Skip to main content

Volume 19 Supplement 2

Application of time use methods to physical activity and behavioural nutrition research

Research

Publication of this supplement has not been supported by sponsorship. Information about the source of funding for publication charges can be found in the individual articles. The articles have undergone the journal's standard peer review process for supplements. The Supplement Editors declare that they have no competing interests.

Edited by Josephine Y. Chau, Karen Milton, Sjaan R. Gomersall, Hidde van der Ploeg

  1. This Supplement aims to raise awareness and knowledge of how time use surveys may be applied to studying health behaviours such as physical activity, sedentary behaviour, and eating. This commentary provides a...

    Authors: Josephine Y. Chau, Sjaan R. Gomersall, Hidde P. van der Ploeg and Karen Milton

    Citation: BMC Public Health 2019 19(Suppl 2):451

    Content type: Introduction

    Published on:

  2. The central aim was to examine the accuracy of the full range of daily activities recorded in self-report time-use diaries against data from two objective passive data collection devices (wearable camera and acce...

    Authors: Teresa Harms, Jonathan Gershuny, Aiden Doherty, Emma Thomas, Karen Milton and Charlie Foster

    Citation: BMC Public Health 2019 19(Suppl 2):455

    Content type: Research

    Published on:

  3. The last few years have seen renewed interest in use-of-time recalls in epidemiological studies, driven by a focus on the 24-h day [including sleep, sitting, and light physical activity (LPA)] rather than just...

    Authors: Charles E. Matthews, David Berrigan, Beate Fischer, Sjaan R. Gomersall, Andrea Hillreiner, Youngwon Kim, Michael F. Leitzmann, Pedro Saint-Maurice, Timothy S. Olds and Gregory J. Welk

    Citation: BMC Public Health 2019 19(Suppl 2):478

    Content type: Research

    Published on:

  4. Relatively little is known about how total sedentary time is accumulated in different domains and if correlates of sedentary time differ across domains. Time use surveys present a unique opportunity to study s...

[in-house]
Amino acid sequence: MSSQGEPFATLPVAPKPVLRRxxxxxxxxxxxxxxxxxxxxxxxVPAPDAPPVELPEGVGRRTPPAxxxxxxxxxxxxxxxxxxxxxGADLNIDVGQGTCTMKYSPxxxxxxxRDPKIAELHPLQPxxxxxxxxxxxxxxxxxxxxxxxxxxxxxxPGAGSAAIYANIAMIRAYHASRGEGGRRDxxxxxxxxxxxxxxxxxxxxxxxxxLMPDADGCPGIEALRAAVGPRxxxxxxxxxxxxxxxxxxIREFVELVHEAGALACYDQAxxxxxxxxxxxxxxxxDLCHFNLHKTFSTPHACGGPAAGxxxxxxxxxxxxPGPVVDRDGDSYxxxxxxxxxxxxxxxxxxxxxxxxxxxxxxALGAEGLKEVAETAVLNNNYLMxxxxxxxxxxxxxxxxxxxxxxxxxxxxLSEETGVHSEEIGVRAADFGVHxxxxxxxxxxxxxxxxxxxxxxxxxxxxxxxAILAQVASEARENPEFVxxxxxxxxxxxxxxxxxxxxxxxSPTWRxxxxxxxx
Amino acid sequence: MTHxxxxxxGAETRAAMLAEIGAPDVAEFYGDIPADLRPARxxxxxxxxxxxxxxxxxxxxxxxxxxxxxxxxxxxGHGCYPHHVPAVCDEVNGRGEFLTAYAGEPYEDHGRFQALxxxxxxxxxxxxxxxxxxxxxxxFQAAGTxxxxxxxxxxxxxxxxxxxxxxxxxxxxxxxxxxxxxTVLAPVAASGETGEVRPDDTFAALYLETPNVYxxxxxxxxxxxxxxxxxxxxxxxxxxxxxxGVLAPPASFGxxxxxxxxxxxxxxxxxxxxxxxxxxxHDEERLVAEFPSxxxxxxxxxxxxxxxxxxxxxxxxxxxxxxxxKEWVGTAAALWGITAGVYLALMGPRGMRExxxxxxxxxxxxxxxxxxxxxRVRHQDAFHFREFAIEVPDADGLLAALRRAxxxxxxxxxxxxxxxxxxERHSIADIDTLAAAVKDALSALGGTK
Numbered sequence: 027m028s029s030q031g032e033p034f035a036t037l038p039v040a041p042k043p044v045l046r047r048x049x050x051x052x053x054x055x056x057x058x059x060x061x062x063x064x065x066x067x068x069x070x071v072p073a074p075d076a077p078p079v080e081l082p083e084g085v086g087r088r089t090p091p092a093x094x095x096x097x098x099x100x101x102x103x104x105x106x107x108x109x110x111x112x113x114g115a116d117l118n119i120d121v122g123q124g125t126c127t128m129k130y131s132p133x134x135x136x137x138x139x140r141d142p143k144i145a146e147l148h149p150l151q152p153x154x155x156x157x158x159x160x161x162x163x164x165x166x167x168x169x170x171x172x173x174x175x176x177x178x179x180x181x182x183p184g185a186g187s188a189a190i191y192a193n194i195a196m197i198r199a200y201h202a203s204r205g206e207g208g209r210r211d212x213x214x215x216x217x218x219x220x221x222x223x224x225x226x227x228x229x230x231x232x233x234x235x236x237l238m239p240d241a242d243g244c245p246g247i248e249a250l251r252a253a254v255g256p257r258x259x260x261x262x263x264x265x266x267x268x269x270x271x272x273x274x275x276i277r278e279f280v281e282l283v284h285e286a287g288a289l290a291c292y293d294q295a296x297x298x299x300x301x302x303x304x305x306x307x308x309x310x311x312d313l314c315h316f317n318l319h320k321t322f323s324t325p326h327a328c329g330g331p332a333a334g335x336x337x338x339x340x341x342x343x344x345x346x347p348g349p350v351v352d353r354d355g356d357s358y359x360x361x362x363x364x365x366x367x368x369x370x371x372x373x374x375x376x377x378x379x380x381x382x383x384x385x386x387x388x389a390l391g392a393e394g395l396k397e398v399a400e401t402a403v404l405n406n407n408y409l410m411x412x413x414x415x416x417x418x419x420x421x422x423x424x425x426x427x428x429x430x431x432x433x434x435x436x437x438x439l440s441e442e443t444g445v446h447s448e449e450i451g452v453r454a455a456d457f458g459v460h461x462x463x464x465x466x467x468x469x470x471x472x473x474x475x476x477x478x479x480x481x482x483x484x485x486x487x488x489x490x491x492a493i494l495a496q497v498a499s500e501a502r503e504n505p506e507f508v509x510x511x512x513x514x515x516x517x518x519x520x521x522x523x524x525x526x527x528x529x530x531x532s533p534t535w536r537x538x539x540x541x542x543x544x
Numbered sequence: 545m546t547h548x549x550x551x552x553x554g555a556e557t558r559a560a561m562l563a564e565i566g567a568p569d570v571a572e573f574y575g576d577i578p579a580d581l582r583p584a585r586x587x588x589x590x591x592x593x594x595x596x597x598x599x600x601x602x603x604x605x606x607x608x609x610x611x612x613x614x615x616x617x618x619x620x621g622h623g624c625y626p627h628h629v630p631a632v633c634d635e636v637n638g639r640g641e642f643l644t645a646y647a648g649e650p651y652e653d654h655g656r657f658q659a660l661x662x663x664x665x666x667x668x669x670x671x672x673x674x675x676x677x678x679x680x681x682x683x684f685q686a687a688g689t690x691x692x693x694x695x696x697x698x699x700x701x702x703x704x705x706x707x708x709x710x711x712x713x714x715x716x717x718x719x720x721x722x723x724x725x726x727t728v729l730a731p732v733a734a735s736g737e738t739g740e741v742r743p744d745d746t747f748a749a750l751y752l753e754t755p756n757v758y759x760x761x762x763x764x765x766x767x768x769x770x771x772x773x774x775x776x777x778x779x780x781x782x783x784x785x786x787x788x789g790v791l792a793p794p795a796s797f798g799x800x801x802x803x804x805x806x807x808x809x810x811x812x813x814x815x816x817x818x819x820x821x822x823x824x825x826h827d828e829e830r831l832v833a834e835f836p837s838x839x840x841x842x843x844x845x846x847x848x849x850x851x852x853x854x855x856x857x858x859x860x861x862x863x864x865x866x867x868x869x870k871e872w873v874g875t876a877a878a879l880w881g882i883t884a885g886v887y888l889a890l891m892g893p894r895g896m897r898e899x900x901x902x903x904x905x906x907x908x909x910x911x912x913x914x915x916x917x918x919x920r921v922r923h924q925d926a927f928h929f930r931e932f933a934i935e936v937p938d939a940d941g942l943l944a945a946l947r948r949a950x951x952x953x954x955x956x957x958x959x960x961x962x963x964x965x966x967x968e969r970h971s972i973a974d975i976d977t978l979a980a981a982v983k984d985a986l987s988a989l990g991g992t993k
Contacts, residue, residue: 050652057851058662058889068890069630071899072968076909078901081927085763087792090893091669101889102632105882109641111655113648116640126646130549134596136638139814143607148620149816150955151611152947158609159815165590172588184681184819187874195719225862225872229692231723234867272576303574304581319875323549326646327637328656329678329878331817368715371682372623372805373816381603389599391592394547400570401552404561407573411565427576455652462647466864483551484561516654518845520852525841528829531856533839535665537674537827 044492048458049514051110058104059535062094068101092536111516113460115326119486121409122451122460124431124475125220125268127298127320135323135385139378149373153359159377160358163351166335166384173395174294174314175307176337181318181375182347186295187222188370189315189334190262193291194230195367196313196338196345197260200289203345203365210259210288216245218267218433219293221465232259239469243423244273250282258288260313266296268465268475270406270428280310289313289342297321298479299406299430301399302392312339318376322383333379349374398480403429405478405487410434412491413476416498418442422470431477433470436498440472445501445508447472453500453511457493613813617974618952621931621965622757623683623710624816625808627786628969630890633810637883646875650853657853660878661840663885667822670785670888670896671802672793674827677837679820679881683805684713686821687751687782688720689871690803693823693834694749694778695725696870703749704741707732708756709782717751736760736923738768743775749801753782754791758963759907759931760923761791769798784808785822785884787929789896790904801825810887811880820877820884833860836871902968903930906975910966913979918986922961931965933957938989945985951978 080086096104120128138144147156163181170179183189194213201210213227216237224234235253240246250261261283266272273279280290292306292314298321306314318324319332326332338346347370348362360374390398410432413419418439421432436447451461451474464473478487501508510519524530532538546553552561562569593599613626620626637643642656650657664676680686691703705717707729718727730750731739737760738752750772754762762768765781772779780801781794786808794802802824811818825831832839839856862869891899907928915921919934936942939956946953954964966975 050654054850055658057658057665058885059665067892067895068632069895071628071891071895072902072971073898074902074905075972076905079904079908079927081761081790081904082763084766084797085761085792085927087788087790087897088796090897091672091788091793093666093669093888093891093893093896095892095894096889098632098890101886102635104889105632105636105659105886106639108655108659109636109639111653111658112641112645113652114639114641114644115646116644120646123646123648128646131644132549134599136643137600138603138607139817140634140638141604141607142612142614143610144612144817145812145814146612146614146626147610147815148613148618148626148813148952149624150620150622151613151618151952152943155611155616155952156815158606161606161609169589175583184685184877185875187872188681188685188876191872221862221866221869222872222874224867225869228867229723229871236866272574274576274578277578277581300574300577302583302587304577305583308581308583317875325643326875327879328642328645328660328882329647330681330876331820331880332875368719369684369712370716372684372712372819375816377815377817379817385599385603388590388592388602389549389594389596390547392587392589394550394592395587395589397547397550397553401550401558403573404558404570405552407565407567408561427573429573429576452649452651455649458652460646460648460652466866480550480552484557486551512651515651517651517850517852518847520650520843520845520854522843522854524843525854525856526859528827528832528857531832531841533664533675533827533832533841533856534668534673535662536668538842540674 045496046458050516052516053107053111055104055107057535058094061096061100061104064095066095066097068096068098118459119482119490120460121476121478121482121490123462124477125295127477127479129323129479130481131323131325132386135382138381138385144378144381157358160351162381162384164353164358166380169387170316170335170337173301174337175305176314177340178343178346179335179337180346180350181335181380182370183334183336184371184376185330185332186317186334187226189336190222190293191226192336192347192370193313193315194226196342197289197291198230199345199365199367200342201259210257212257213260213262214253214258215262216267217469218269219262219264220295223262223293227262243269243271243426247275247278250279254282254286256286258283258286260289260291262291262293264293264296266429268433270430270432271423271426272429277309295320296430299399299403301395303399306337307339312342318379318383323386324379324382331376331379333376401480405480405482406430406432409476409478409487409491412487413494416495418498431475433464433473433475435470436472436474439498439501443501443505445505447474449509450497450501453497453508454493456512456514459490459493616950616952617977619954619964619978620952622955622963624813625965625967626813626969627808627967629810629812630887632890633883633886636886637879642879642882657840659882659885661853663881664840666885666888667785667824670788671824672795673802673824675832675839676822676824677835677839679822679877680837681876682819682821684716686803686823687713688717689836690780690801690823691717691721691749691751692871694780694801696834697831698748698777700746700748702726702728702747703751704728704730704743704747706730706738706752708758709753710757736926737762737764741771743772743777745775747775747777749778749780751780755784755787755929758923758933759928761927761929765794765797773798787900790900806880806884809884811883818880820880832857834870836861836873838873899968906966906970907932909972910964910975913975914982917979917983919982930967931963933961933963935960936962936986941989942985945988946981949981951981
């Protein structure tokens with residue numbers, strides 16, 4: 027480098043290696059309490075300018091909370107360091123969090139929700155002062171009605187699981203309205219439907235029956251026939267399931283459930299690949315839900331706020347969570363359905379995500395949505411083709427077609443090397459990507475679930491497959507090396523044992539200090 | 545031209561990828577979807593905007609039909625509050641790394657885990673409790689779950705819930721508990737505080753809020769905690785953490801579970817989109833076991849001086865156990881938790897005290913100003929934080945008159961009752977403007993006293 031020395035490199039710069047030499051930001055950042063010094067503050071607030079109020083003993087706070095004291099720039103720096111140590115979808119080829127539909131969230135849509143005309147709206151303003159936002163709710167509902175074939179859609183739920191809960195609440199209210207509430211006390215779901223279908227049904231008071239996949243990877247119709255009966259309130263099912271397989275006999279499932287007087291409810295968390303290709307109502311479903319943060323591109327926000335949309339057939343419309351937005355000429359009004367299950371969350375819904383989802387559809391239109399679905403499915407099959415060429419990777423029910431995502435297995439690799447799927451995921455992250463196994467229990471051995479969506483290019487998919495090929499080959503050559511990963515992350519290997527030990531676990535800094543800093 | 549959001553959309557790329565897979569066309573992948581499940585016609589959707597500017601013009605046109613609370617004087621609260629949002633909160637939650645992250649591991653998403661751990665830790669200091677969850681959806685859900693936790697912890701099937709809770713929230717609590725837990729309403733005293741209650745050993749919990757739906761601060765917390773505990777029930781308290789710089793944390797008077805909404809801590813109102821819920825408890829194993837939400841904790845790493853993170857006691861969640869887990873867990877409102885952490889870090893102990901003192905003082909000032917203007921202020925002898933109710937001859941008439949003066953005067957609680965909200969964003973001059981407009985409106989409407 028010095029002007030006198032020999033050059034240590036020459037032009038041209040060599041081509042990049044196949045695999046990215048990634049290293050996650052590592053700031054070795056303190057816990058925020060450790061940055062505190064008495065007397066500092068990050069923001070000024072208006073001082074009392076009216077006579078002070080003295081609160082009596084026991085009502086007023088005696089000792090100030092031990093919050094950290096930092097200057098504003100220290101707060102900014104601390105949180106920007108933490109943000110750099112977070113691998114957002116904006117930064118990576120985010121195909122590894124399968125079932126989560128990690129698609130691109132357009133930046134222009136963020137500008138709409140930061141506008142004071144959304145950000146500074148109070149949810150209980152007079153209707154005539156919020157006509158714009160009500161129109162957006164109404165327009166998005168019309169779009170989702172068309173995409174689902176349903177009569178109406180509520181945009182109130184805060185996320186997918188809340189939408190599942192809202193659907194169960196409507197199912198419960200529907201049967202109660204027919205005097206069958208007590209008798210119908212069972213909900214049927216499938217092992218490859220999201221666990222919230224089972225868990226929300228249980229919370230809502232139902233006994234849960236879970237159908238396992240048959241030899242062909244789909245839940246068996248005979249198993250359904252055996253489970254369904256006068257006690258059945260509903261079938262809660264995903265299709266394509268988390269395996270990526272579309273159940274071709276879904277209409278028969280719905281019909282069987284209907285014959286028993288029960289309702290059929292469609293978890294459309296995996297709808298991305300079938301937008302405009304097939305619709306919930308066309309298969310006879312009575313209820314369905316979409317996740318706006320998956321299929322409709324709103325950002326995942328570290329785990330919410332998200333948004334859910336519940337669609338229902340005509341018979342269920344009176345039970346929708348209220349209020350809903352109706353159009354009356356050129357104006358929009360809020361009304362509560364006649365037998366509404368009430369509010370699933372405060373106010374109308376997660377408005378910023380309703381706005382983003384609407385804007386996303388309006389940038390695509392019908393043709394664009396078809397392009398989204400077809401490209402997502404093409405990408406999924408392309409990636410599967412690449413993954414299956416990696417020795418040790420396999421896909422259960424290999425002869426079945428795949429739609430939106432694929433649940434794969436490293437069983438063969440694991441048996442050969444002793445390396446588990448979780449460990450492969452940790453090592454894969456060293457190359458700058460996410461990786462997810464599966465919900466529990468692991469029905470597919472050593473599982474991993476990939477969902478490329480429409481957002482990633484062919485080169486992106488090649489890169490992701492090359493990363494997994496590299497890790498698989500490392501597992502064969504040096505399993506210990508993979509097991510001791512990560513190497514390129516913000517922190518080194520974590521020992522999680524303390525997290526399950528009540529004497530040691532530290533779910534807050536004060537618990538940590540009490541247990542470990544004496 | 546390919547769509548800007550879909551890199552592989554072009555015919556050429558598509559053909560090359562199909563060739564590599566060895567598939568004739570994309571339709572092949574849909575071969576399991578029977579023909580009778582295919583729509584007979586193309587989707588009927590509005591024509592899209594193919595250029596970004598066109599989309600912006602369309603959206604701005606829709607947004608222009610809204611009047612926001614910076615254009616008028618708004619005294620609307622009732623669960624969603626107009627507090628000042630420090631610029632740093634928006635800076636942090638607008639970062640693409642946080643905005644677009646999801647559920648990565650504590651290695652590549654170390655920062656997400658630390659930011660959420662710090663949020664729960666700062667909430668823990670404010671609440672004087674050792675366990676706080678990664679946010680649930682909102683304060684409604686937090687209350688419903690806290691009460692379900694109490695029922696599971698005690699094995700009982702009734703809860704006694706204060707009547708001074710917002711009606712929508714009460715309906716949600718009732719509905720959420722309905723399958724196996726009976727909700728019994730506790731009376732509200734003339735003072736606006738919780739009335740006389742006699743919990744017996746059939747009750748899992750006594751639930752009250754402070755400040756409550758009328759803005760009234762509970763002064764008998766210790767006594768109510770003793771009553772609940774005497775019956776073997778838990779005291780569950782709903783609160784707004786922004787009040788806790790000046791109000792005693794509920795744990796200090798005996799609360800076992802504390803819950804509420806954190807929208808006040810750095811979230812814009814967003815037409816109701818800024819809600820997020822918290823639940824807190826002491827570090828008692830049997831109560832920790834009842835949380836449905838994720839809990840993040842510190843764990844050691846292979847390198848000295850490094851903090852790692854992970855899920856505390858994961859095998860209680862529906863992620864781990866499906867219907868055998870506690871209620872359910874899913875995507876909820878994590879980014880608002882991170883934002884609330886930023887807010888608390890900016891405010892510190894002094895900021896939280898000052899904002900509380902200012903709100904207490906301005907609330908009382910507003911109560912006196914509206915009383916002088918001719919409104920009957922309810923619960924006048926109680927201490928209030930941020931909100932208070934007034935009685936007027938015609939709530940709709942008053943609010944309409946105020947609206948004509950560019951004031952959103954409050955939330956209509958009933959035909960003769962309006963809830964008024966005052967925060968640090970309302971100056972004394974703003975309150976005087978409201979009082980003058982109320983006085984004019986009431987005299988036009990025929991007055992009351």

Authors: Anne Loyen, Josephine Y. Chau, Judith G. M. Jelsma, Femke van Nassau and Hidde P. van der Ploeg

    Citation: BMC Public Health 2019 19(Suppl 2):538

    Content type: Research

    Published on:

  5. Differences in how shift workers accumulate physical activity (PA) while at work and in leisure time, on days when they are working at night, during the day, or on non-work days, are largely unexplored. The ai...

    Authors: Tracy L. Kolbe-Alexander, Sjaan Gomersall, Bronwyn Clark, Luciana Torquati, Toby Pavey and Wendy J. Brown

    Citation: BMC Public Health 2019 19(Suppl 2):452

    Content type: Research

    Published on:

  6. Exercise interventions are typically delivered to people with cancer and survivors via supervised clinical rehabilitation. However, motivating and maintaining activity changes outside of the clinic setting rem...

    Authors: Sjaan R. Gomersall, Tina L. Skinner, Elisabeth Winkler, Genevieve N. Healy, Elizabeth Eakin and Brianna Fjeldsoe

    Citation: BMC Public Health 2019 19(Suppl 2):542

    Content type: Research

    Published on:

  7. Over the last 150 years, advanced economies have seen the burden of disease shift to non-communicable diseases. The risk factors for these diseases are often co-morbidities associated with unhealthy weight. Th...

    Authors: Michael Bittman, Eimear Cleary, Charlotte Wilkinson-Bibicos and Jonathan Gershuny

    Citation: BMC Public Health 2019 19(Suppl 2):454

    Content type: Research

    Published on: